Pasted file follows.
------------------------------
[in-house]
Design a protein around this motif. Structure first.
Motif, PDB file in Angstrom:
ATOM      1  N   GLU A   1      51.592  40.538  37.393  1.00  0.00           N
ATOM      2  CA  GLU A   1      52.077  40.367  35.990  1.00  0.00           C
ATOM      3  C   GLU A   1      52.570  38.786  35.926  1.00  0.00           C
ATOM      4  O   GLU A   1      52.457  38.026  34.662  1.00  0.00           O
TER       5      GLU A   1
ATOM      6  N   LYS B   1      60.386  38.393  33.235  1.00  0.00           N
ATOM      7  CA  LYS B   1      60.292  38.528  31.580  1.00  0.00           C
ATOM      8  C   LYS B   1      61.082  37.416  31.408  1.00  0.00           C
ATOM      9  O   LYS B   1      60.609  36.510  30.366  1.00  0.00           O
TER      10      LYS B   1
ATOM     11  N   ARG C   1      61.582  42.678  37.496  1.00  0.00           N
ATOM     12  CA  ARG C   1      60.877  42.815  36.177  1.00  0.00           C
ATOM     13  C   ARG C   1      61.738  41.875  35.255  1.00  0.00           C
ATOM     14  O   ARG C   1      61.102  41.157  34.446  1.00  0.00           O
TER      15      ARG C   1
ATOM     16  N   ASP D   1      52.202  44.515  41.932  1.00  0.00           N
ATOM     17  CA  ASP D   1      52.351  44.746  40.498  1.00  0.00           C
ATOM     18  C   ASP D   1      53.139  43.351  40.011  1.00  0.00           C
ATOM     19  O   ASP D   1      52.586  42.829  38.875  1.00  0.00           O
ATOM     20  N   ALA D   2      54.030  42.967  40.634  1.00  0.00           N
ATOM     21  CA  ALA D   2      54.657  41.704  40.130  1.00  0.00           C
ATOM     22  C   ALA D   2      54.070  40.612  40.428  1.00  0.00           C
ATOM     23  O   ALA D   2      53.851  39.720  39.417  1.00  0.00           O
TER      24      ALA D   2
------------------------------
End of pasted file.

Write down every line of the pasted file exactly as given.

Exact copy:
[in-house]
Design a protein around this motif. Structure first.
Motif, PDB file in Angstrom:
ATOM      1  N   GLU A   1      51.592  40.538  37.393  1.00  0.00           N
ATOM      2  CA  GLU A   1      52.077  40.367  35.990  1.00  0.00           C
ATOM      3  C   GLU A   1      52.570  38.786  35.926  1.00  0.00           C
ATOM      4  O   GLU A   1      52.457  38.026  34.662  1.00  0.00           O
TER       5      GLU A   1
ATOM      6  N   LYS B   1      60.386  38.393  33.235  1.00  0.00           N
ATOM      7  CA  LYS B   1      60.292  38.528  31.580  1.00  0.00           C
ATOM      8  C   LYS B   1      61.082  37.416  31.408  1.00  0.00           C
ATOM      9  O   LYS B   1      60.609  36.510  30.366  1.00  0.00           O
TER      10      LYS B   1
ATOM     11  N   ARG C   1      61.582  42.678  37.496  1.00  0.00           N
ATOM     12  CA  ARG C   1      60.877  42.815  36.177  1.00  0.00           C
ATOM     13  C   ARG C   1      61.738  41.875  35.255  1.00  0.00           C
ATOM     14  O   ARG C   1      61.102  41.157  34.446  1.00  0.00           O
TER      15      ARG C   1
ATOM     16  N   ASP D   1      52.202  44.515  41.932  1.00  0.00           N
ATOM     17  CA  ASP D   1      52.351  44.746  40.498  1.00  0.00           C
ATOM     18  C   ASP D   1      53.139  43.351  40.011  1.00  0.00           C
ATOM     19  O   ASP D   1      52.586  42.829  38.875  1.00  0.00           O
ATOM     20  N   ALA D   2      54.030  42.967  40.634  1.00  0.00           N
ATOM     21  CA  ALA D   2      54.657  41.704  40.130  1.00  0.00           C
ATOM     22  C   ALA D   2      54.070  40.612  40.428  1.00  0.00           C
ATOM     23  O   ALA D   2      53.851  39.720  39.417  1.00  0.00           O
TER      24      ALA D   2